NORTHERN Rivers trainers are growing increasingly frustrated after nearly three months without two-turn racing at the Lismore track.
The Lismore circuit was inundated by water in late March after floodwaters broke the town’s levee, causing significant damage to the venue.
As a result, the meetings scheduled for Lismore have been transferred to Casino, with the track not expected to be back in order until July 18.
Local trainer Dean Turley said the loss of Lismore has had a diverse impact on trainers and their greyhounds.
“We all do our own thing up here to get by. The biggest impact is on the dogs themselves – they haven’t got the variety of tracks to go around and we also don’t have a 520m distance at the moment,” Turley told Australian Racing Greyhound.
“You’ve got dogs that like certain tracks and certain distances then you’ve got to change that on them. Then the owners aren’t happy and the trainers don’t make the money they should – it snowballs from there.”
So when Lismore greyhound track washes away yet again in the next few days, can we all just agree to "pen it" and stop wasting $$'s there?
— Kevin Pitstock (@KevinPitstock) March 30, 2017
Located along the Wilsons River, the Lismore greyhound track is no stranger to flooding. The venue also went under in June 2016, February 2013 and May 2009.
The process of re-instating racing once took a matter of weeks but now greyhound racing participants have to tolerate months on the sidelines due to new procedures in place as Greyhound Racing NSW (GRNSW) and the Club, which is run by the NSW GBOTA, attempt to repair the track and also meet the new standards of animal welfare required for racing.
While Turley is fully supportive of a higher standard of animal welfare in NSW, he described the process to get racing underway at Lismore as “disgusting” and lamented the amount of red tape that has been put in place since the banning and subsequent reinstatement of greyhound racing.
“The track has been there 80 years but we only seem to be out for long periods of time since all the welfare issues came to a head,” he said.
“Beforehand if the track got flooded everybody would knuckle in, get it sorted and off we’d go – now you’ve got department on department arguing about who’s going to pay for this and that.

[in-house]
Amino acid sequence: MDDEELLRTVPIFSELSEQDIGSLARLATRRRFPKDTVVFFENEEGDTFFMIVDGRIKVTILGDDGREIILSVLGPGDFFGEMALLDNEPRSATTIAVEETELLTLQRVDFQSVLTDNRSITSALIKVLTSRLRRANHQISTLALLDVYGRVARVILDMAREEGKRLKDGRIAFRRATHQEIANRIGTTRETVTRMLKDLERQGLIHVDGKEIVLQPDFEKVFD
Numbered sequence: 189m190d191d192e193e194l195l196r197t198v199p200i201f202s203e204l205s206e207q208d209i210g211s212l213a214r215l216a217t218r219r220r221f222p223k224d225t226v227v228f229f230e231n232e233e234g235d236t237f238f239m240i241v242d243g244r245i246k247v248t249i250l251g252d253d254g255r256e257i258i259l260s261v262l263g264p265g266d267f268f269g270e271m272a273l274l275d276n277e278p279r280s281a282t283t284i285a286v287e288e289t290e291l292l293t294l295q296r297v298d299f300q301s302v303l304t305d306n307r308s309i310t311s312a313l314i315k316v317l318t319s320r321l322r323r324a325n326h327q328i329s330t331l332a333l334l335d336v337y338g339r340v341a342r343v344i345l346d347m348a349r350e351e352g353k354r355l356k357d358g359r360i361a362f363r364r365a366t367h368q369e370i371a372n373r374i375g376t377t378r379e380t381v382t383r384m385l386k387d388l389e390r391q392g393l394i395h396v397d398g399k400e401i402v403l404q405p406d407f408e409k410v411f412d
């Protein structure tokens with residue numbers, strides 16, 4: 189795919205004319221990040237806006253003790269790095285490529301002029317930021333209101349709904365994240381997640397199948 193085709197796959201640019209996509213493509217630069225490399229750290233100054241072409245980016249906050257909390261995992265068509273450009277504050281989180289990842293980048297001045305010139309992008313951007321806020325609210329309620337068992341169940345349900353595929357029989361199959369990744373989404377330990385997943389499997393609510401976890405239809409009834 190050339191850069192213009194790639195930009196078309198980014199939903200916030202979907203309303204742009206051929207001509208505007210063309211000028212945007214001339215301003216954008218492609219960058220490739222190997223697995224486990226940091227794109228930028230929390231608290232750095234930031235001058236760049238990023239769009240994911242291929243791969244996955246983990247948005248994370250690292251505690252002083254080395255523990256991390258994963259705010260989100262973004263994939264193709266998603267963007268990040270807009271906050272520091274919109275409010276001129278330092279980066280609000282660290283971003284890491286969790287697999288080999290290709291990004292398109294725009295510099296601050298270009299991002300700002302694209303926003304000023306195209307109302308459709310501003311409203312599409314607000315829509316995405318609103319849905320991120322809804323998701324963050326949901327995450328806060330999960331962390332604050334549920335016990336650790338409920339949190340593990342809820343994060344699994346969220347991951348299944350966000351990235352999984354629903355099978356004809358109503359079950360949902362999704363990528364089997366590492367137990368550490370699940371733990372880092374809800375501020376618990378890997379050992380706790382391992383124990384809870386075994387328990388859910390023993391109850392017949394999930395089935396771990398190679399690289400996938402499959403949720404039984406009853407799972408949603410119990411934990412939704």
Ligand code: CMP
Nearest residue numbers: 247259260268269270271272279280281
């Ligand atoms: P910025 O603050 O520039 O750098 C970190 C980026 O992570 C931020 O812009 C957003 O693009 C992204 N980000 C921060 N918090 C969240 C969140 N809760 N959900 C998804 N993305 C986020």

“I am all in favour of improving welfare and it’s fine if GRNSW want to come up and inspect the work to ensure it comes up the standard.
“But I don’t think its as bad as what they are making it out to be – it should have been fixed within a couple of weeks.
“The biggest issue here wasn’t the flood itself – its people trying to justify their jobs who are holding us up from getting things done.”
While conceding the process may seem drawn out, NSW Greyhound Breeders, Owners and Trainers Association (GBOTA) Operations Manager Ellen Harris said certain protocols had to be put in place to ensure greyhounds only return to racing on a safe surface.
“Ultimately as an industry we are committed to the best possible animal welfare outcomes. Consideration was given to a number of options and proposals of how we could achieve [what was needed] within the budget of all parties involved,” Harris said.
Harris explained the GBOTA would also look into further measures to reduce the risk of damage by future floods, but admitted the location of the track presented significant challenges. As such the location of the greyhound track will be reviewed moving forward.
“We feel that we’ve come out with the best outcome possible and that is to get two turn racing re-instated into the area,” she said.
“The reality is the venue is in a difficult position given its proximity to the Wilsons river. We are reviewing every option available to us which is not a quick process – it’s not something we can decide tomorrow.
“It is imperative that participants in the area get the opportunity to race their dogs on two turn tracks whilst the Association considers its long-term position regarding other venue options in the future.”